A monument of the My Lai massacre in Vietnam. Photo: Jeroen van Luin
Opinion

Doug George-Kanentiio: Let us remember the victims of the My Lai massacre




Remembering My Lai, March 16,1968

By Doug George-Kanentiio

In 1968, that most turbulent of years, the United States and the world seemed to be in a state of turmoil characterized by wars, assassinations, civil strife and riots. It was an ugly year for many but unknown to the nation was an event which cast a terrible pall over all else even as it was not reported until an intrepid reporter named Seymour Hersh ripped open a conspiracy conducted by the highest ranks within the US Army.

On March 16, 1968, just a few weeks after the beginning of the Tet Offensive in Vietnam, C Company (Charlie), 1st Battalion, 20th Infantry Regiment, 11th Brigade, 23rd Infantry Division (Americal) attacked a cluster of Vietnamese villages in the north part of South Vietnam within the Son Tjnh district. They were on edge, the result of several of their comrades being either killed or wounded in boobytraps set by the Viet Cong, contingents of which were active in the area. Acting on bad intelligence the American military fired artillery rounds near the villages followed by the use of aerial napalm bombing.

There was no reliable evidence that the villages, particularly the one they called "Pinkville" or My Lai, were anything but farmers, most of whom were elders, women and children. Charlie Company was none the less eager to strike back. They were given orders by their commander Lt. Colonel Frank Barker to lay waste to anything which could be used by the enemy and to shoot anyone they suspected as supporters of the Viet Cong. To the soldiers this mean anyone who tried to run from the invaders regardless of their gender or age.

Leading the assault was Captain Ernest Medina and Second Lieutenants William Calley, Jeffrey Lacross and Stephen Brooks. They were to take Lt. Colonel Barker's instructions literally.

At 7am the Americans entered My Lai on a normal marker day for the Vietnamese. They began by forcing the people into small groups. Without any warning the killings began. There was no threat to any U.S. soldier.

The mass murders started at 8 am and continued for the next few hours. Clusters of Vietnamese, almost all of whom were women and children, were pushed into ditches and machine gunned to death. Many of the women, particularly the younger ones, were raped, some multiple times before being shot. Children screamed in terror while in the arms of their mothers only to be struck by bullets fired by the Americans. When mothers tried to shield their infants with their bodies, the only defense they had, the soldiers shot through them. Those who were wounded were shot again to ensure they were dead.


The Americans were methodical. They took their time. They were deliberate and efficient in their murders. They took time to reload, to drink, to eat lunch and then to return to the slaughter. The pleas of the innocent or the wails of people seeing the killing of their kin did not deter the soldiers. They used assault rifles, grenade launchers, bayonets-anything which could murder. After three hours of bloodletting the Americans had wiped out 504 civilians.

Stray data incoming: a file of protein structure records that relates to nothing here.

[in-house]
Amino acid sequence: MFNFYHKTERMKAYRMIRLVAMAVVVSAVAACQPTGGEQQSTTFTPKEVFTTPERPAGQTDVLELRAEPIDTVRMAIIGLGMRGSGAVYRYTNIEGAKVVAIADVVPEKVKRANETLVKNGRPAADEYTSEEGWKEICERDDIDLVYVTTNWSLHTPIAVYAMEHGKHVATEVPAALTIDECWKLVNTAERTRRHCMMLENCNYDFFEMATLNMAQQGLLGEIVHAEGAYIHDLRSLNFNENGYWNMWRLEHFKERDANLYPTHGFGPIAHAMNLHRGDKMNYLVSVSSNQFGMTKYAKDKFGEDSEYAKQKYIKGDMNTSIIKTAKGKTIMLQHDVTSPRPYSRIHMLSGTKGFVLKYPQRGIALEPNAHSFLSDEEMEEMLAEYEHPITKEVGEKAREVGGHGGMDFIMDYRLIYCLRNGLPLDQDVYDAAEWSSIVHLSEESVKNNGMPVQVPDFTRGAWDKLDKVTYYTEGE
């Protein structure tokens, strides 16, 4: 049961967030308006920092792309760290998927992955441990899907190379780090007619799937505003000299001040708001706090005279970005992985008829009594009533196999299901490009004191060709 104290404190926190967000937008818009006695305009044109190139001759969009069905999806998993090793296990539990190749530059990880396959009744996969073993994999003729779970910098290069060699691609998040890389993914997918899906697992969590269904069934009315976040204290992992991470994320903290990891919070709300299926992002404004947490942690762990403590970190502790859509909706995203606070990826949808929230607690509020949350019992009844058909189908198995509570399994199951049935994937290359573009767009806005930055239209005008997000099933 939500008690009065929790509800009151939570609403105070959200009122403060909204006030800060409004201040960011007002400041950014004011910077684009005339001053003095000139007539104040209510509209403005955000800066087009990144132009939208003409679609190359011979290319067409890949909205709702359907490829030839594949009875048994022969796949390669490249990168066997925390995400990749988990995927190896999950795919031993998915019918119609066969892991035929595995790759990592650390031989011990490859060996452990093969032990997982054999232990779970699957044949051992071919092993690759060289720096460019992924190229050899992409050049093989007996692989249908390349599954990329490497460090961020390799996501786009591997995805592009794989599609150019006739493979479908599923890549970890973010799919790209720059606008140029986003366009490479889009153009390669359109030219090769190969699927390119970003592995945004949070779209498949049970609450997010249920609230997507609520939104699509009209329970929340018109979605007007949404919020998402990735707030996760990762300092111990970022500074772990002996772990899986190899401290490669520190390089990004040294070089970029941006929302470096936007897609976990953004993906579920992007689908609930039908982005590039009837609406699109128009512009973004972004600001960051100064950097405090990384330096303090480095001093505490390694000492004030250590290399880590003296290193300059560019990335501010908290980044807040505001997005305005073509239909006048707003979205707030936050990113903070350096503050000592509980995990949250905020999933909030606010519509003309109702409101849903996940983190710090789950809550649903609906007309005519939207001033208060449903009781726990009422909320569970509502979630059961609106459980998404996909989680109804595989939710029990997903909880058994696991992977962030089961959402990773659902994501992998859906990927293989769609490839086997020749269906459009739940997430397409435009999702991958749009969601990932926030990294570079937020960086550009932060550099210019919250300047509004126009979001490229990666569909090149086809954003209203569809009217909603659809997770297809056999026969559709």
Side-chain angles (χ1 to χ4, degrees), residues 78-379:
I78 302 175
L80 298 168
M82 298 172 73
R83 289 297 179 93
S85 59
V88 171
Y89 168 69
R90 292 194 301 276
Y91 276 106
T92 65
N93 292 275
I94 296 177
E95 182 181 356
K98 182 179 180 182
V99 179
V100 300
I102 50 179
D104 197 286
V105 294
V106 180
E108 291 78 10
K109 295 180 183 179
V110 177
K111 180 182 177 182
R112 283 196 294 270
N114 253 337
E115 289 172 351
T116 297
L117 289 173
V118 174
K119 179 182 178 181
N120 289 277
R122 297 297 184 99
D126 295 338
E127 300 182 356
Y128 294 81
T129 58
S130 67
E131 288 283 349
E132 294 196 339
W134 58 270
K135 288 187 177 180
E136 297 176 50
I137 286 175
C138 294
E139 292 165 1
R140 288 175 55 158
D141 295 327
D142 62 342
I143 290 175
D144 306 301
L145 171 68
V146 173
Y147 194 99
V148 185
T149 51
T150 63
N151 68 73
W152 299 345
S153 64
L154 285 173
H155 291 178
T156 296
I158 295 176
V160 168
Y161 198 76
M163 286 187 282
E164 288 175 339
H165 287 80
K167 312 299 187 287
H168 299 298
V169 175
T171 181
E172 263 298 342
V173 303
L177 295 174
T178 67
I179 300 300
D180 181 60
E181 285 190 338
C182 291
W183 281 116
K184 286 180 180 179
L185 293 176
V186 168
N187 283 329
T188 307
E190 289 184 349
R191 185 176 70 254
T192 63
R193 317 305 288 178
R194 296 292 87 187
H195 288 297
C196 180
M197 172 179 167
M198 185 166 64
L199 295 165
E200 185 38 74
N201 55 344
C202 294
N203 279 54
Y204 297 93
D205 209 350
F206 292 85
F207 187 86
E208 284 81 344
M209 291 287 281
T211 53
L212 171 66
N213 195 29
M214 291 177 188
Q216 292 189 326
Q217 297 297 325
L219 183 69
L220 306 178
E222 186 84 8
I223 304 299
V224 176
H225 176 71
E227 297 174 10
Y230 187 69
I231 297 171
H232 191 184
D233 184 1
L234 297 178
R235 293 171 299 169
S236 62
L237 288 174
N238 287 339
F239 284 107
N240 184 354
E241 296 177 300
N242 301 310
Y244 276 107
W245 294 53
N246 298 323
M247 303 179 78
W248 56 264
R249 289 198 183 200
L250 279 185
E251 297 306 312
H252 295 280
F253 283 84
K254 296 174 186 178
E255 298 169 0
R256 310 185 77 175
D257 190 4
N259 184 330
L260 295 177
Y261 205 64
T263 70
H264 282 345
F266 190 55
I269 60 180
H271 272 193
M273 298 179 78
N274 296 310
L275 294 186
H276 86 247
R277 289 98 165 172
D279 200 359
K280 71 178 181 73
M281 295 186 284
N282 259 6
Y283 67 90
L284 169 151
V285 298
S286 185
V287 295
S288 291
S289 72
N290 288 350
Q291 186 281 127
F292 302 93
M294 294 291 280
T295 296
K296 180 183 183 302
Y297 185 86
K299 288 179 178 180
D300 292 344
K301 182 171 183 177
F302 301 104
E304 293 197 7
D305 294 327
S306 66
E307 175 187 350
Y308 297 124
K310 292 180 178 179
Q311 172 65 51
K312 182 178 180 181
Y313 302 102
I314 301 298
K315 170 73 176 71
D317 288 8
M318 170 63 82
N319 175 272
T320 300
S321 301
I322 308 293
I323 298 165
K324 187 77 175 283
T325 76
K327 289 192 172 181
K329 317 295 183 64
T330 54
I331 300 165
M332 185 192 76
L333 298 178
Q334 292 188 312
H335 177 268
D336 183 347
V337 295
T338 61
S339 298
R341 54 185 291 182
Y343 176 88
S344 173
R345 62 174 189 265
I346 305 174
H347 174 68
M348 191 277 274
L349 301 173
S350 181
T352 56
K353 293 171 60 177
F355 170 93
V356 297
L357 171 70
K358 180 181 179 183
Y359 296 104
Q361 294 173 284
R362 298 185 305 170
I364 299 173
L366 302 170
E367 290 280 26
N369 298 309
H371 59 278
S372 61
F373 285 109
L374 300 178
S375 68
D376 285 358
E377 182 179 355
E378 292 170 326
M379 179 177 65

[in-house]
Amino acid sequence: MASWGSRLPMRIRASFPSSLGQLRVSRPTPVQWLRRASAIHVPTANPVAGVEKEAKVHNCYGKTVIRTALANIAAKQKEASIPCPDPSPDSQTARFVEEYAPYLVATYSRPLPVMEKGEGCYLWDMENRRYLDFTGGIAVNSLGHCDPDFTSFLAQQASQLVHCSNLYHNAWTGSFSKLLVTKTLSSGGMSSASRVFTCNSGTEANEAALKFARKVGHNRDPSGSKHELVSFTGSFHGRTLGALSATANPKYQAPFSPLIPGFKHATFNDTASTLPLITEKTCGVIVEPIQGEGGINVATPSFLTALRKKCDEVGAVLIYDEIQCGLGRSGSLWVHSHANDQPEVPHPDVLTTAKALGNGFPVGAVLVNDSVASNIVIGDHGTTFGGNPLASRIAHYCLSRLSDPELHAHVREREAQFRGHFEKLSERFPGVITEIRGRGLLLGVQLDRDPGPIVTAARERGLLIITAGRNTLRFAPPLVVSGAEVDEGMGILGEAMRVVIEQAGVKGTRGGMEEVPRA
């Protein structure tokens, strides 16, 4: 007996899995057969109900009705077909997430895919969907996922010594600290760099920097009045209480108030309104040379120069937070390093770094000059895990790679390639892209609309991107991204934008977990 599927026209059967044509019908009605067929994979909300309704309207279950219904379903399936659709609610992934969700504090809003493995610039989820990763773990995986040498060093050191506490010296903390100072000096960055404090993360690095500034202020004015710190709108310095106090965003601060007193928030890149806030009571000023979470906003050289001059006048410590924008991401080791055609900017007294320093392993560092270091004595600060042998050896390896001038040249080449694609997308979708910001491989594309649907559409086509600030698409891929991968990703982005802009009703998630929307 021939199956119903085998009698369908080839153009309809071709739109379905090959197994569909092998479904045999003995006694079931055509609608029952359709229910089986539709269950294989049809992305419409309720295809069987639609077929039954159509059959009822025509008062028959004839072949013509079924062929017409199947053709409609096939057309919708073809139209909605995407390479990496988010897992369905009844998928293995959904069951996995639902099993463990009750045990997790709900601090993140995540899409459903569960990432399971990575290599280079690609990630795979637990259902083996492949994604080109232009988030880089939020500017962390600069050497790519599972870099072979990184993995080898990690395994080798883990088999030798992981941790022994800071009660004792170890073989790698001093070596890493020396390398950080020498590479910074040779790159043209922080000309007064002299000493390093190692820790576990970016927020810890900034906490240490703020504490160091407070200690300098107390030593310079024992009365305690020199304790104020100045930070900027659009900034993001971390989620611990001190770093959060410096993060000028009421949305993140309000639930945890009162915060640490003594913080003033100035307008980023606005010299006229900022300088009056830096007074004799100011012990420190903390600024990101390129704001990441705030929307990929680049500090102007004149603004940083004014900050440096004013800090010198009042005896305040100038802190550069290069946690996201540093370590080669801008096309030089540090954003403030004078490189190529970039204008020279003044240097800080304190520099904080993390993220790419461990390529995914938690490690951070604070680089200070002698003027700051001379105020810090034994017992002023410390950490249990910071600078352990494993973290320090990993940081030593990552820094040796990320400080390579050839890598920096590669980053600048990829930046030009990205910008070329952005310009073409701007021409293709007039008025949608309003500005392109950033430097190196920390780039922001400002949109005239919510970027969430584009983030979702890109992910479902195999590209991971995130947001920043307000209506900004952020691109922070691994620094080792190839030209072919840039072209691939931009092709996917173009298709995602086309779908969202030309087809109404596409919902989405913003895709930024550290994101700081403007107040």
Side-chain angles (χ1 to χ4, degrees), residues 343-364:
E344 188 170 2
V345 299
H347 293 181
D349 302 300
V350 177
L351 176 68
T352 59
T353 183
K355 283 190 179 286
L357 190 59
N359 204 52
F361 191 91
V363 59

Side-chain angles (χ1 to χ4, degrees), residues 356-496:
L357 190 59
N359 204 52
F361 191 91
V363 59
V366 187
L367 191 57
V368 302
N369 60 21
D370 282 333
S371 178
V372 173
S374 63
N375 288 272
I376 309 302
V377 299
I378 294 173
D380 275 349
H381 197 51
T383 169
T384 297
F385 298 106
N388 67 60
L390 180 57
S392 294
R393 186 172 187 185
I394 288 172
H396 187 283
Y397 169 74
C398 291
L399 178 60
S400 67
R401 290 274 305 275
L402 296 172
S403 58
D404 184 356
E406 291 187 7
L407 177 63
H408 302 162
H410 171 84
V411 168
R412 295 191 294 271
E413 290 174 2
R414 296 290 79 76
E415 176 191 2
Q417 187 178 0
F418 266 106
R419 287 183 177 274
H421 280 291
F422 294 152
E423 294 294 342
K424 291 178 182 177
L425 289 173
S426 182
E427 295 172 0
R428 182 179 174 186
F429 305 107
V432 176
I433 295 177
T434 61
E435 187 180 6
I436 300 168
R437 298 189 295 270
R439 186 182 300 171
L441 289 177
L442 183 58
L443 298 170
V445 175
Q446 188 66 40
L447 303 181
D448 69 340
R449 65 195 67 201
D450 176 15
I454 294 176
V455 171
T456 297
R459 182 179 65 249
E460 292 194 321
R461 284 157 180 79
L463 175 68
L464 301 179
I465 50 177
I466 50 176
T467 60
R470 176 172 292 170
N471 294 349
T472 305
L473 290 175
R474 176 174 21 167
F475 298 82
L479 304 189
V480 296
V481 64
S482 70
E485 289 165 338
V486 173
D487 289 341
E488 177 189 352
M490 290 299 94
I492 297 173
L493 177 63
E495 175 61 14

The officers on site took and active part in the killings. They made no attempt to control their men.

Some of the Vietnamese were saved by the intervention of three men: Warrant Officer Hugh Thompson, a helicopter pilot and his gunners Specialists Glen Andreotta and Lawrence Colburn. Officer Thompson spotted the bodies of the Vietnamese and radioed his command as to when he was seeing. He landed his craft to collect survivors and ordered his gunners to fire on the American soldiers if they continued to attack the civilians. It was Thompson's appeals to the regional commanders who finally ordered Medina, Cally and Charlie Company to cease operations.

Attempts were made to report the massacre to the high command but these were ignored particularly by Major General Samuel William Koster and Colonel Oran Henderson. Instead of bringing charges against the killers letters of commendation were issued. It would take Hersh's November, 1969 article to compel the Army to respond. Twenty one military personnel were charged but only Lt. Calley was convicted, His original sentence of 20 years imprisonment was reduced by US President Richard Nixon to four of which three years were in house arrest.

Natives in America can well understand the massacre at My Lai and the complete failure of the U.S. legal system to hold accountable those who gave the orders, those who fired their weapons and those who tried to cover up the most brutal act of collective, small weapons murder during that war. Thousands of Natives in this country were also rounded up, herded together and shot to death at Yontoket, Sand Creek or Wounded Knee among others. Unlike Wounded Knee no Medals of Honor were awarded to the American soldiers but the fact that justice was denied to their victims further stained whatever was left of U.S. morality during that conflict.

While there will be commemorations as to the lives of leaders such as Martin Luther King and Robert Kennedy let us remember the victims of My Lai.

Doug George-Kanentiio, Akwesasne Mohawk, is the vice-president of the Hiawatha Institute for Indigenous Knowledge. He has served as a Trustee for the National Museum of the American Indian, is a former land claims negotiator for the Mohawk Nation and is the author of numerous books and articles about the Mohawk people. He may be reached via e-mail at: Kanentiio@aol.com or by calling 315-415-7288.

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